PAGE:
I recently mentioned that Jason, Radhika and I would have “Beta Dinners” every Thursday last summer. A few people wrote in to ask, “Why are you spending your time writing a lame blog?,” “What do you mean by ‘Beta?’,” and “Why are you inventing us for a lede-in for this entry?”

Let me answer the first question first, the third question second and the second question last.

I spend my time writing a lame blog because I like writing, and I’ll thank you not to refer to Raronauer’ed as lame.

I invented people who wrote in with questions because nobody did write in to ask what Beta meant, but it’s nice to pretend that someone would be curious.

What exactly is a Beta? The term originated in the bathroom of IFC Cinemas, where Jason, Radhika and I had gone to relieve ourselves and to see Me and You and Everyone We Know. Radhika and I went to the women’s room together, but Jason had to go to the men’s bathroom alone. I realized that Radhika and I were also somehow excluded from the group: she was the only non-Jew and I was the only one who didn’t graduate New Rochelle High School in ’02. Although we shared our own small clique, there was no commonality to our group. We were all Betas, and from that came the sophomoric idea to name our group the Betas.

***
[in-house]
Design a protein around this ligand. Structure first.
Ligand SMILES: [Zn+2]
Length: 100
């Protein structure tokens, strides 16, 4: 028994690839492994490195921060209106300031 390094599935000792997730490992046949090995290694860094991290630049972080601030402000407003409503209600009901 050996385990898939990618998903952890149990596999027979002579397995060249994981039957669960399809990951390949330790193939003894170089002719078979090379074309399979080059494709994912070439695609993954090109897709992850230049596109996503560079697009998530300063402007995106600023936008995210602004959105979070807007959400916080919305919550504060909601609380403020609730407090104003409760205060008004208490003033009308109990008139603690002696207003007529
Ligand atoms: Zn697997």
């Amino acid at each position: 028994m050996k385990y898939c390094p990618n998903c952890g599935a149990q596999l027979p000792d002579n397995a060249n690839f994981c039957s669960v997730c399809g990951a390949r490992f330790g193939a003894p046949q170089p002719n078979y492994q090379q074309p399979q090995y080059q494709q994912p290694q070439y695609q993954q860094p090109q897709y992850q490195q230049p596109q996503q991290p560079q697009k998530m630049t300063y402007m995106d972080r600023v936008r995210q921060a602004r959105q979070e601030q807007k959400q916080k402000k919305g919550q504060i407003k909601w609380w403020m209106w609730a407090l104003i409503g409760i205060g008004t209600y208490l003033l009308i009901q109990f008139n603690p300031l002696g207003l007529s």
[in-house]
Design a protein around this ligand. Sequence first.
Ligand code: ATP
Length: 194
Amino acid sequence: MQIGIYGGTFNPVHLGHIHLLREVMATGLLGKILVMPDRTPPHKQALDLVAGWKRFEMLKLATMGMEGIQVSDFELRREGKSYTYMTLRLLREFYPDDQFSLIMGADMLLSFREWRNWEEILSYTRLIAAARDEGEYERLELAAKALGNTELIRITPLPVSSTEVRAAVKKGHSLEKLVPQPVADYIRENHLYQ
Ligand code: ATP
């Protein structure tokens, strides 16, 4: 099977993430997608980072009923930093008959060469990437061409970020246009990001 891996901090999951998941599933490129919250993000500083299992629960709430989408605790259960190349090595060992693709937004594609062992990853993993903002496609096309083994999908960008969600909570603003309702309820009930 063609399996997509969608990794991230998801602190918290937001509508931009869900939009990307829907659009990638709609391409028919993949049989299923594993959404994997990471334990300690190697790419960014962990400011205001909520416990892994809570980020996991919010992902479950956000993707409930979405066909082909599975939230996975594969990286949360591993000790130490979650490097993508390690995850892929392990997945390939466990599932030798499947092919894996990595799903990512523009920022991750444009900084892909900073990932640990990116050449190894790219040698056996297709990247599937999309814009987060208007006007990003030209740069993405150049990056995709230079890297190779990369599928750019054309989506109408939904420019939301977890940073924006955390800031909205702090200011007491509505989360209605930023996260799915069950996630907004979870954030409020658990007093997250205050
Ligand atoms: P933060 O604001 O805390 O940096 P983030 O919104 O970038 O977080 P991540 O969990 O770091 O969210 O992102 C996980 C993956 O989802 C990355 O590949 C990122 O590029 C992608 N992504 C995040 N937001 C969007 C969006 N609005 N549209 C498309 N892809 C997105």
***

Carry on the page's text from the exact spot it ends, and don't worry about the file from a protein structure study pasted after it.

Being a Beta is about more than not having two X-chromosomes, not being among the chosen people and not being born in 1984. It just happens that Jason, Radhika and I all lack those things respectively. But what we share is a sense of Beta-ness.

Beta isn’t necessarily the opposite of Alpha. A true Beta isn’t a follower or leader: a Beta is an outsider-insider. In our clique, for example, while each of us belongs, we are all somehow excluded. Being a Beta, at least to me, means fitting in but not really. This definition might feel like a Prozac commercial: Who hasn’t been down lately or felt isolated from the group? I’m sorry I can’t give a better definition. But I am, after all, only a Beta.